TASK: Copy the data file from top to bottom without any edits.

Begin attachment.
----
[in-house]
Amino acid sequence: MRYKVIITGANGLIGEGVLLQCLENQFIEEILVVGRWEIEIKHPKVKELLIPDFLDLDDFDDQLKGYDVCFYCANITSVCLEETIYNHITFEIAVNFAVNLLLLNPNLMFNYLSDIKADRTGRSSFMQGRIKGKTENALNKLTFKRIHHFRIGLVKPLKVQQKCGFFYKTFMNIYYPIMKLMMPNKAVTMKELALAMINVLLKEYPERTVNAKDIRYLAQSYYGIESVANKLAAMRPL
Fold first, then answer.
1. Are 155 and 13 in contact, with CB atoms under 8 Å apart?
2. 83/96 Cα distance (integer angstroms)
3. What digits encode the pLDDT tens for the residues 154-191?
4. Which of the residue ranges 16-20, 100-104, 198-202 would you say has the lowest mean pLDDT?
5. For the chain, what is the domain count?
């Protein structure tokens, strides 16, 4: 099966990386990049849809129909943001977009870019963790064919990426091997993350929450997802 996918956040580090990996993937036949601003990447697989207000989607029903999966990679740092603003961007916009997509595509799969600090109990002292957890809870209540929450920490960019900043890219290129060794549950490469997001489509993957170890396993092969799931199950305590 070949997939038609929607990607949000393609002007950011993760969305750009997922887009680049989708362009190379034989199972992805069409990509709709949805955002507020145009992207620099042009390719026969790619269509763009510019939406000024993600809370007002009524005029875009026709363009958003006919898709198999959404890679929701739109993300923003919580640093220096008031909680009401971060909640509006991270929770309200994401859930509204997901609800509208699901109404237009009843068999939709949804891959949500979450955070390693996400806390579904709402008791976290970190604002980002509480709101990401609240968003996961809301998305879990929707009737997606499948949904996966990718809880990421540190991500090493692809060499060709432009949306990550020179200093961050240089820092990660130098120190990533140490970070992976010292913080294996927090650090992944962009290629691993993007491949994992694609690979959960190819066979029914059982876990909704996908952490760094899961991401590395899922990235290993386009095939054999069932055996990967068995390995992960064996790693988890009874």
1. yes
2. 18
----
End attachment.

[in-house]
Amino acid sequence: MRYKVIITGANGLIGEGVLLQCLENQFIEEILVVGRWEIEIKHPKVKELLIPDFLDLDDFDDQLKGYDVCFYCANITSVCLEETIYNHITFEIAVNFAVNLLLLNPNLMFNYLSDIKADRTGRSSFMQGRIKGKTENALNKLTFKRIHHFRIGLVKPLKVQQKCGFFYKTFMNIYYPIMKLMMPNKAVTMKELALAMINVLLKEYPERTVNAKDIRYLAQSYYGIESVANKLAAMRPL
Fold first, then answer.
1. Are 155 and 13 in contact, with CB atoms under 8 Å apart?
2. 83/96 Cα distance (integer angstroms)
3. What digits encode the pLDDT tens for the residues 154-191?
4. Which of the residue ranges 16-20, 100-104, 198-202 would you say has the lowest mean pLDDT?
5. For the chain, what is the domain count?
């Protein structure tokens, strides 16, 4: 099966990386990049849809129909943001977009870019963790064919990426091997993350929450997802 996918956040580090990996993937036949601003990447697989207000989607029903999966990679740092603003961007916009997509595509799969600090109990002292957890809870209540929450920490960019900043890219290129060794549950490469997001489509993957170890396993092969799931199950305590 070949997939038609929607990607949000393609002007950011993760969305750009997922887009680049989708362009190379034989199972992805069409990509709709949805955002507020145009992207620099042009390719026969790619269509763009510019939406000024993600809370007002009524005029875009026709363009958003006919898709198999959404890679929701739109993300923003919580640093220096008031909680009401971060909640509006991270929770309200994401859930509204997901609800509208699901109404237009009843068999939709949804891959949500979450955070390693996400806390579904709402008791976290970190604002980002509480709101990401609240968003996961809301998305879990929707009737997606499948949904996966990718809880990421540190991500090493692809060499060709432009949306990550020179200093961050240089820092990660130098120190990533140490970070992976010292913080294996927090650090992944962009290629691993993007491949994992694609690979959960190819066979029914059982876990909704996908952490760094899961991401590395899922990235290993386009095939054999069932055996990967068995390995992960064996790693988890009874």
1. yes
2. 18